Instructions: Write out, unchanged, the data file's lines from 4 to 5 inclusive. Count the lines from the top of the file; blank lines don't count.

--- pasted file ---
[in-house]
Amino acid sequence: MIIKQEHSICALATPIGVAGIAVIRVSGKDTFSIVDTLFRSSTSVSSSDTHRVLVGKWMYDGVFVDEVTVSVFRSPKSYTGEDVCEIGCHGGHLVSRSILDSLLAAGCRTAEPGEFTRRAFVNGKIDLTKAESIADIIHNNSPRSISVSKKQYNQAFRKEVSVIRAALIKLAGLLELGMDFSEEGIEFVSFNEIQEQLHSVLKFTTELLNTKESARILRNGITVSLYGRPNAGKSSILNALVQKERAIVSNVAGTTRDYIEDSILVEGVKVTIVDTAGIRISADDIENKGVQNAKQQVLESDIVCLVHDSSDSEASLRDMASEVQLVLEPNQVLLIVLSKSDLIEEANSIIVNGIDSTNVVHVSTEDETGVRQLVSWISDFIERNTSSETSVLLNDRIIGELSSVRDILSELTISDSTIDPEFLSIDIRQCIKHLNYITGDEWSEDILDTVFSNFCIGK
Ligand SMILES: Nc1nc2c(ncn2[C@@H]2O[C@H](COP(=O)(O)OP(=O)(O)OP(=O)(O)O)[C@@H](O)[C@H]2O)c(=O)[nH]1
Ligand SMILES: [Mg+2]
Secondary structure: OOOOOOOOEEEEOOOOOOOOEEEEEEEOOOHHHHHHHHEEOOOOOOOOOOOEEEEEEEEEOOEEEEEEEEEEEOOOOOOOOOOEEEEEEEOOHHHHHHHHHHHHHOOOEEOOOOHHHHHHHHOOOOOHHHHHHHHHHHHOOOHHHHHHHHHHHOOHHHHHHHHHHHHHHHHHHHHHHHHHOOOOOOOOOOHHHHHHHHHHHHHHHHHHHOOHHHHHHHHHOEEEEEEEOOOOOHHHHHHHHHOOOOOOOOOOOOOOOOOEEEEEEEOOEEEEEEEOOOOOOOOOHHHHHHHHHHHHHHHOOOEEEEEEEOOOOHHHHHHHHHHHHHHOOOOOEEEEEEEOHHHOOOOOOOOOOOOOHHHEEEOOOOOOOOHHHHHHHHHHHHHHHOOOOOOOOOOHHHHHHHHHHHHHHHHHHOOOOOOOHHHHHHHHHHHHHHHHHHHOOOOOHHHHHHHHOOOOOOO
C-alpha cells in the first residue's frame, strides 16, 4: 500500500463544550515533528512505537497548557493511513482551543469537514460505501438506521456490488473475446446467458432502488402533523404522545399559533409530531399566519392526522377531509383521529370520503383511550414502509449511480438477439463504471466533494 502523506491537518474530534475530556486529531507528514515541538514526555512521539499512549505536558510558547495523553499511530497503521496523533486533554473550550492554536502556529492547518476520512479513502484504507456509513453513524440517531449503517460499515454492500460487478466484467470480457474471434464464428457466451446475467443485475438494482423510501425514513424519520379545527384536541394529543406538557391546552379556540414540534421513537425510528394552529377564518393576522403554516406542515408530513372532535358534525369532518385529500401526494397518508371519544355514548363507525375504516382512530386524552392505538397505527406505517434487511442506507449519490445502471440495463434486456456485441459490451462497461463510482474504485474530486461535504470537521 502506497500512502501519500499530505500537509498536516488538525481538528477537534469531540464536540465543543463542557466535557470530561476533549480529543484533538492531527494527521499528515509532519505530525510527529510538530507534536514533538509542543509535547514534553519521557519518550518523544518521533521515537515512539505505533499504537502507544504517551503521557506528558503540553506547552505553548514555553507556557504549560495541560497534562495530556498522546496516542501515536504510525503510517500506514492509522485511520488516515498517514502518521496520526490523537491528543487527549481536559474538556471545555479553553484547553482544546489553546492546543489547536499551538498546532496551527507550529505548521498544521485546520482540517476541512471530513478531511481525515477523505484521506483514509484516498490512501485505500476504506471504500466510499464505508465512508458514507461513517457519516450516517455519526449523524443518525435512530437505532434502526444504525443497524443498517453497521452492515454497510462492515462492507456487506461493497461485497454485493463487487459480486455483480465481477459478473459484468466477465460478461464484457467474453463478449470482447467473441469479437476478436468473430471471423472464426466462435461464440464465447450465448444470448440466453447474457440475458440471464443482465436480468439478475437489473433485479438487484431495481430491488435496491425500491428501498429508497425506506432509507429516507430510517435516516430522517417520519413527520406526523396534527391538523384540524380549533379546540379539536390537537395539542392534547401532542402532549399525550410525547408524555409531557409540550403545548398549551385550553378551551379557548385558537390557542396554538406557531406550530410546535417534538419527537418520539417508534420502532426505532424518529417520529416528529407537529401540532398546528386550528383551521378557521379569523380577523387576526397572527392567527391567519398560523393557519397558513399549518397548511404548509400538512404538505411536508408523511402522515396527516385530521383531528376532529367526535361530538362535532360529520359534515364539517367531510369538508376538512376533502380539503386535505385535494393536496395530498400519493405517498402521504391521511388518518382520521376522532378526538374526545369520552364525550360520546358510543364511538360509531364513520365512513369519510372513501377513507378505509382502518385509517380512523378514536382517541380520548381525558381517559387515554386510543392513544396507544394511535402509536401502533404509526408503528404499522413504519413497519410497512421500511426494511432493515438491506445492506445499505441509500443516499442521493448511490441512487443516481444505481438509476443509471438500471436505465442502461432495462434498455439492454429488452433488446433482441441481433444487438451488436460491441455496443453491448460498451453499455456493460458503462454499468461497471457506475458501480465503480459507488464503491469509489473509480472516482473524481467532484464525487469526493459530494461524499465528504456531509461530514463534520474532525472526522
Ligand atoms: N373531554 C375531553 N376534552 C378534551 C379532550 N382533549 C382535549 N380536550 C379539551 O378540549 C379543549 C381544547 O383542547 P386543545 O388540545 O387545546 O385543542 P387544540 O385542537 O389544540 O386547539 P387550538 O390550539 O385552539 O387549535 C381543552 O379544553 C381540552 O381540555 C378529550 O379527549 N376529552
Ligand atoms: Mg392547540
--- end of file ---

Ligand SMILES: [Mg+2]
Secondary structure: OOOOOOOOEEEEOOOOOOOOEEEEEEEOOOHHHHHHHHEEOOOOOOOOOOOEEEEEEEEEOOEEEEEEEEEEEOOOOOOOOOOEEEEEEEOOHHHHHHHHHHHHHOOOEEOOOOHHHHHHHHOOOOOHHHHHHHHHHHHOOOHHHHHHHHHHHOOHHHHHHHHHHHHHHHHHHHHHHHHHOOOOOOOOOOHHHHHHHHHHHHHHHHHHHOOHHHHHHHHHOEEEEEEEOOOOOHHHHHHHHHOOOOOOOOOOOOOOOOOEEEEEEEOOEEEEEEEOOOOOOOOOHHHHHHHHHHHHHHHOOOEEEEEEEOOOOHHHHHHHHHHHHHHOOOOOEEEEEEEOHHHOOOOOOOOOOOOOHHHEEEOOOOOOOOHHHHHHHHHHHHHHHOOOOOOOOOOHHHHHHHHHHHHHHHHHHOOOOOOOHHHHHHHHHHHHHHHHHHHOOOOOHHHHHHHHOOOOOOO